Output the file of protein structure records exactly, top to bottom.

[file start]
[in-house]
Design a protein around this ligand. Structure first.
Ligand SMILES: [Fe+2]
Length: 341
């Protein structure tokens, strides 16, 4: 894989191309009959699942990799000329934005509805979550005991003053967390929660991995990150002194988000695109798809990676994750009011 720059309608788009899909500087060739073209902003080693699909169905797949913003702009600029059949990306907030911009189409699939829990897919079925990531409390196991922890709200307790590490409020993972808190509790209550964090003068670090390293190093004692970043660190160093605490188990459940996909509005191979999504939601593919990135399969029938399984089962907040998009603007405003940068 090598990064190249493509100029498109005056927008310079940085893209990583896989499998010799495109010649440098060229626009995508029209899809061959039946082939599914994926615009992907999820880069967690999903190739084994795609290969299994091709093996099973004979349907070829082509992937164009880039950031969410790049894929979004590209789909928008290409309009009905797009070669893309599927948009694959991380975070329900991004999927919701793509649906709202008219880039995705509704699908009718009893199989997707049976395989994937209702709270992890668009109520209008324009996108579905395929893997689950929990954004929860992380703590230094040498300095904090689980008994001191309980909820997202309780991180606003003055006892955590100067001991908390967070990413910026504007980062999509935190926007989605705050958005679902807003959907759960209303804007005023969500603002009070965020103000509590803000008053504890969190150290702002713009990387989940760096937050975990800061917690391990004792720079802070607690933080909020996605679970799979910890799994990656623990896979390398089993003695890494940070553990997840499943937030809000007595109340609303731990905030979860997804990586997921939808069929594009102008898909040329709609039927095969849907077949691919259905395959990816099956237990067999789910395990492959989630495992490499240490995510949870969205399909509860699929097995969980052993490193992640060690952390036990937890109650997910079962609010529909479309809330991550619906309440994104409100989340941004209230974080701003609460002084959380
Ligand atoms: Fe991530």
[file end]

[in-house]
Design a protein around this ligand. Structure first.
Ligand SMILES: [Fe+2]
Length: 341
């Protein structure tokens, strides 16, 4: 894989191309009959699942990799000329934005509805979550005991003053967390929660991995990150002194988000695109798809990676994750009011 720059309608788009899909500087060739073209902003080693699909169905797949913003702009600029059949990306907030911009189409699939829990897919079925990531409390196991922890709200307790590490409020993972808190509790209550964090003068670090390293190093004692970043660190160093605490188990459940996909509005191979999504939601593919990135399969029938399984089962907040998009603007405003940068 090598990064190249493509100029498109005056927008310079940085893209990583896989499998010799495109010649440098060229626009995508029209899809061959039946082939599914994926615009992907999820880069967690999903190739084994795609290969299994091709093996099973004979349907070829082509992937164009880039950031969410790049894929979004590209789909928008290409309009009905797009070669893309599927948009694959991380975070329900991004999927919701793509649906709202008219880039995705509704699908009718009893199989997707049976395989994937209702709270992890668009109520209008324009996108579905395929893997689950929990954004929860992380703590230094040498300095904090689980008994001191309980909820997202309780991180606003003055006892955590100067001991908390967070990413910026504007980062999509935190926007989605705050958005679902807003959907759960209303804007005023969500603002009070965020103000509590803000008053504890969190150290702002713009990387989940760096937050975990800061917690391990004792720079802070607690933080909020996605679970799979910890799994990656623990896979390398089993003695890494940070553990997840499943937030809000007595109340609303731990905030979860997804990586997921939808069929594009102008898909040329709609039927095969849907077949691919259905395959990816099956237990067999789910395990492959989630495992490499240490995510949870969205399909509860699929097995969980052993490193992640060690952390036990937890109650997910079962609010529909479309809330991550619906309440994104409100989340941004209230974080701003609460002084959380
Ligand atoms: Fe991530």